“Agent Orange” Crops Would Trigger Massive Increase in Use of Toxic Pesticide 2,4-D

Center for Food Safety (CFS) today declared strong opposition to the next generation of genetically engineered (GE) corn and soybeans designed by Dow Chemical to withstand application of the toxic pesticide 2,4-D. The declaration comes as the U.S. Department of Agriculture (USDA) issued an “Environmental Impact Statement” which recommended approving the GE products for commercial use. Center for Food Safety launched a petition [link] to allow consumers to voice their opposition to the crops developed under the brand name “Enlist”.

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Activist connects dots from Bhopal to Hammond, Stratfor, and Dow

In 1984, a Union Carbide Corporation plant expelled a deadly gas in the Indian city of Bhopal, killing an estimated 15,000 people. Thirty years later, the story continues and has involved people and corporations all over the world. Activist Reena Shadaan discussed the winding road leading from the plant’s opening, to the first safety issues, to the disaster, though the court cases, the Dow purchase, the intelligence gathering activities that followed, the Jeremy Hammond leak, all the way to the current campaign in support of the residents in Bhopal, which has received a major boost from an award-winning documentary.

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4 Decades on, U.S. Starts Cleanup of Agent Orange in Vietnam

Forty years after the United States stopped spraying herbicides in the jungles of Southeast Asia in the hopes of denying cover to Vietcong fighters and North Vietnamese troops, an air base here is one of about two dozen former American sites that remain polluted with an especially toxic strain of dioxin, the chemical contaminant in Agent Orange that has been linked to cancers, birth defects and other diseases. On Thursday, after years of rebuffing Vietnamese requests for assistance in a cleanup, the United States inaugurated its first major effort to address the environmental effects of the long war.

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India: Court decision requires Dow Chemical to respond to Bhopal gas tragedy

US chemical giant The Dow Chemical Company (Dow) must acknowledge its responsibility towards survivors of the devastating Bhopal industrial disaster, Amnesty International said after the company was summonsed to appear before a court in Bhopal, India. The company has been ordered to explain why its wholly owned subsidiary, Union Carbide Corporation (UCC), has repeatedly ignored court summons in the ongoing criminal case concerning the 1984 Bhopal disaster, where UCC is accused of “culpable homicide not amounting to murder”.

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Makers of Agent Orange followed formula dictated by U.S. government

Agent Orange was produced primarily by the Monsanto Corp. and Dow Chemical. Both companies say the defoliant was made according to strict military specifications. But a 1990 report compiled by Adm. Elmo R. Zumwalt Jr. for the Department of Veterans Affairs that recommended compensation for ailing veterans who’d been exposed to Agent Orange also detailed evidence that Dow Chemical knew as early as 1964 that dioxin was a “byproduct of the manufacturing process” and that the dangers of exposure were clear.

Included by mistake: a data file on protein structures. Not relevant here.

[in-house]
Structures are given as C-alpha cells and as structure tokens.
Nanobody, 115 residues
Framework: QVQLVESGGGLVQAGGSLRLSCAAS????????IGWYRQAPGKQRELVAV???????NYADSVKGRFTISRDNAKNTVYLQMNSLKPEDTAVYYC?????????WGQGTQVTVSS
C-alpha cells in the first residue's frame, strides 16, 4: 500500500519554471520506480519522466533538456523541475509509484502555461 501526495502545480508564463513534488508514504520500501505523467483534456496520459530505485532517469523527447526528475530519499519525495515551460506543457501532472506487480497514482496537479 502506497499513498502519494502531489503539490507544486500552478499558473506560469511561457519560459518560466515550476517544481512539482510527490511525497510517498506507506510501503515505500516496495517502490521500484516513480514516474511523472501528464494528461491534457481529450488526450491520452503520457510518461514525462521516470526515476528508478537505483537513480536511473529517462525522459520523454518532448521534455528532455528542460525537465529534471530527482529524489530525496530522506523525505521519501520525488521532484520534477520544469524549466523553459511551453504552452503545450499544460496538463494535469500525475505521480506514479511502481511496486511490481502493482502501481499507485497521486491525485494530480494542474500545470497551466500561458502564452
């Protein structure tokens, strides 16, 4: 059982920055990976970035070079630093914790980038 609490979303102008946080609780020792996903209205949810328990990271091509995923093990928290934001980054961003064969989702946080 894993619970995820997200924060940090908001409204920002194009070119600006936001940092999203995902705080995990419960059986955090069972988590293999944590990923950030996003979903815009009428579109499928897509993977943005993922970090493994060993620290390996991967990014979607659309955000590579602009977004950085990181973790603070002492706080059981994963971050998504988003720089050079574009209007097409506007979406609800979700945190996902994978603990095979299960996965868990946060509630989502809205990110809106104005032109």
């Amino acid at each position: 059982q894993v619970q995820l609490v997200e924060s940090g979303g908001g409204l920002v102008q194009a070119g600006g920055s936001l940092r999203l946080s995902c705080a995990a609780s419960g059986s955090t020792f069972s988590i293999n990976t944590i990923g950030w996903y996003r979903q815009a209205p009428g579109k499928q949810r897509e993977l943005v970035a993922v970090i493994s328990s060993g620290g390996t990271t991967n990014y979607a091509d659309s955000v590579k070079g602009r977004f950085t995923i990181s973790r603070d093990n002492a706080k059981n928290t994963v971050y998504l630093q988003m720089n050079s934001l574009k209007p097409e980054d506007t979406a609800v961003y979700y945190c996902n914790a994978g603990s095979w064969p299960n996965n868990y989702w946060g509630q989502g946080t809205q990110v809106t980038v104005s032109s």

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USDA Sticks It to Monsanto and Dow—at Least Temporarily

Back in early 2012, the US Department of Agriculture seemed on the verge of approving new genetically modified crops from agrichemical giants Monsanto and Dow. The two companies were pushing new corn and soy varieties that would respond to the ever-expanding problem of herbicide-tolerant superweeds by bringing more-toxic herbicides into the mix—and likely ramping up the resistance problem, as I explained at length in a post at the time.

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Environmental Review to Delay Two Engineered Crops

Genetically engineered crops that could sharply increase the use of two powerful herbicides are now unlikely to reach the market until at least 2015 because the Department of Agriculture has decided to subject the crops to more stringent environmental reviews than it had originally intended. The crops in question are Dow Chemical’s corn and soybeans that would be resistant to the herbicide 2,4-D and Monsanto’s dicamba-resistant cotton and soybeans.

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This Man Wants You to Believe That BPA-Laced Plastic Is Harmless

This 2005 paper on the intricacies of measuring how humans metabolize BPA, for example, was funded by the American Plastics Council, the plastics division of the chemical industry trade group the American Chemistry Council (ACC). Teeguarden’s co-authors on that paper included a researcher employed by Dow Chemical, a major maker of BPA. A 2004 paper co-authored by Teeguarden, this one on endocrine-disrupting chemicals, acknowledges funding from the American Chemistry Council.

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